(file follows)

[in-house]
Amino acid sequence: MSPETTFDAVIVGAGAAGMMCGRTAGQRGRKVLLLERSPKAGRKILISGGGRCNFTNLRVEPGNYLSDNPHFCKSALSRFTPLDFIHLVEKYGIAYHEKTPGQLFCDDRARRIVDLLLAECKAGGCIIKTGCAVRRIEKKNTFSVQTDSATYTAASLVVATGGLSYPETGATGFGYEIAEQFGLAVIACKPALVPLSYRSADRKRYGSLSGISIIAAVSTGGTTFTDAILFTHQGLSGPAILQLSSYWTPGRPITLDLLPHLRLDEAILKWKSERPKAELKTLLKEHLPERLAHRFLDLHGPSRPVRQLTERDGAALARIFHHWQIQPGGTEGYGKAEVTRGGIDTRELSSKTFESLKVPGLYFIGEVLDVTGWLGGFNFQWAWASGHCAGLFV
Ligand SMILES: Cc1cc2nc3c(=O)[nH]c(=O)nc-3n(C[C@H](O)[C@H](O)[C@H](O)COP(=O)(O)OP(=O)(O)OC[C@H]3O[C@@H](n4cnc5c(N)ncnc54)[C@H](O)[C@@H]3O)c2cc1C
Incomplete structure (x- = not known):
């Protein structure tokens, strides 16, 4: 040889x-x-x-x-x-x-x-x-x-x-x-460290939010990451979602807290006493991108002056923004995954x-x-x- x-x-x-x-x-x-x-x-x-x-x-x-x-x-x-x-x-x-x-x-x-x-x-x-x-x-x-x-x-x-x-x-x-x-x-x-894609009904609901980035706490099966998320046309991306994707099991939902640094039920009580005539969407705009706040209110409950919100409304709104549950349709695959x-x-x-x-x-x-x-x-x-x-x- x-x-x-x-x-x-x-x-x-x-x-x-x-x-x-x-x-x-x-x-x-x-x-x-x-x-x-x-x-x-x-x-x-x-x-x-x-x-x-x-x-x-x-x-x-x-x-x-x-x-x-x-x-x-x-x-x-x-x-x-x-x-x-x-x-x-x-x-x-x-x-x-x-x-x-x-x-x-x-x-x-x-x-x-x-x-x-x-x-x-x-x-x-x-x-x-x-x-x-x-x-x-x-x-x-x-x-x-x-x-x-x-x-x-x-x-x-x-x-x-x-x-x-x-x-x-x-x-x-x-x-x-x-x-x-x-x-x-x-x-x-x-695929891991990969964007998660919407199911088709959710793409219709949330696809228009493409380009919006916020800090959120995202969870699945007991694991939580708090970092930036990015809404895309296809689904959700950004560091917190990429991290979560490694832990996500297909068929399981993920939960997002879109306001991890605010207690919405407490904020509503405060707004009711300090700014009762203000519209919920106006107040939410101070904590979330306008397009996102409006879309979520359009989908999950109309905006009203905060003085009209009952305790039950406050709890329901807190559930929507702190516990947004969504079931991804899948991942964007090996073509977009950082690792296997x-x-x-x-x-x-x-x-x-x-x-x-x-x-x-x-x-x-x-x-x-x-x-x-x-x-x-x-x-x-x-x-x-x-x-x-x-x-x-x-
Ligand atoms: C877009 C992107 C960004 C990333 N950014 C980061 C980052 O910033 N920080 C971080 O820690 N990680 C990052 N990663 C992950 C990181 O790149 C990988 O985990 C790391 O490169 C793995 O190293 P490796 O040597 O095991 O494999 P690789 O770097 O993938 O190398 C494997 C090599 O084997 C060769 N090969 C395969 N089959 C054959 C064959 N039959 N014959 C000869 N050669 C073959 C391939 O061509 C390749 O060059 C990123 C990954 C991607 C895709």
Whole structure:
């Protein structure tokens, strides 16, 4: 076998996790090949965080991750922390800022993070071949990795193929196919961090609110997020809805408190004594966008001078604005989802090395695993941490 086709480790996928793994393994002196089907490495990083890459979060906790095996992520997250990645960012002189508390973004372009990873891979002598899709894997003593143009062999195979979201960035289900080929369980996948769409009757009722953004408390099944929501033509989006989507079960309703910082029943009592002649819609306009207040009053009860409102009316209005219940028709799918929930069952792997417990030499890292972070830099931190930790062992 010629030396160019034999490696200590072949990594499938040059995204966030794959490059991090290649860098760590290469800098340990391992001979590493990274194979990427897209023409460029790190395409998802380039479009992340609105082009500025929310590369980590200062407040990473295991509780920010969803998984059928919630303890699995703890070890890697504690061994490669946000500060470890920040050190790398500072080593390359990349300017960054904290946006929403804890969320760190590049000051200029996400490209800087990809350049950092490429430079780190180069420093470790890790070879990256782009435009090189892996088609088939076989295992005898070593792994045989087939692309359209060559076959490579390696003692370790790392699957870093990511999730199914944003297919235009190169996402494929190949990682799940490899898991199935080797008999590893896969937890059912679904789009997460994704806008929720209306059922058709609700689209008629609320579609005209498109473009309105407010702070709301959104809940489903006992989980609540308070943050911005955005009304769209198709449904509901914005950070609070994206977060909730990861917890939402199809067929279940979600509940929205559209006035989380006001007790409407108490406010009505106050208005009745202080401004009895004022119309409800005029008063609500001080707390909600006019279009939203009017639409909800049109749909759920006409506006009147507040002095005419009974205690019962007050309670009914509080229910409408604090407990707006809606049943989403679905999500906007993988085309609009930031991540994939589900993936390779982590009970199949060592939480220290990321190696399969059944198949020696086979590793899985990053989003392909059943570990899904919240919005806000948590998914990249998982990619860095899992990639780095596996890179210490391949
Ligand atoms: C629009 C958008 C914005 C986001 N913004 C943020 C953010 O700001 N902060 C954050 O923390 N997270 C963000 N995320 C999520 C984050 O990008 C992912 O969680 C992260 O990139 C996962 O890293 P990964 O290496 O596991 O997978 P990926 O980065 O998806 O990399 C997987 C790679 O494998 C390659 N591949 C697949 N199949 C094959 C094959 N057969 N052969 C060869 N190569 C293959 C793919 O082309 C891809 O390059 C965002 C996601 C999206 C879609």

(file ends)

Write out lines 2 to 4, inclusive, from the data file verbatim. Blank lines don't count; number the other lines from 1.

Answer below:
Amino acid sequence: MSPETTFDAVIVGAGAAGMMCGRTAGQRGRKVLLLERSPKAGRKILISGGGRCNFTNLRVEPGNYLSDNPHFCKSALSRFTPLDFIHLVEKYGIAYHEKTPGQLFCDDRARRIVDLLLAECKAGGCIIKTGCAVRRIEKKNTFSVQTDSATYTAASLVVATGGLSYPETGATGFGYEIAEQFGLAVIACKPALVPLSYRSADRKRYGSLSGISIIAAVSTGGTTFTDAILFTHQGLSGPAILQLSSYWTPGRPITLDLLPHLRLDEAILKWKSERPKAELKTLLKEHLPERLAHRFLDLHGPSRPVRQLTERDGAALARIFHHWQIQPGGTEGYGKAEVTRGGIDTRELSSKTFESLKVPGLYFIGEVLDVTGWLGGFNFQWAWASGHCAGLFV
Ligand SMILES: Cc1cc2nc3c(=O)[nH]c(=O)nc-3n(C[C@H](O)[C@H](O)[C@H](O)COP(=O)(O)OP(=O)(O)OC[C@H]3O[C@@H](n4cnc5c(N)ncnc54)[C@H](O)[C@@H]3O)c2cc1C
Incomplete structure (x- = not known):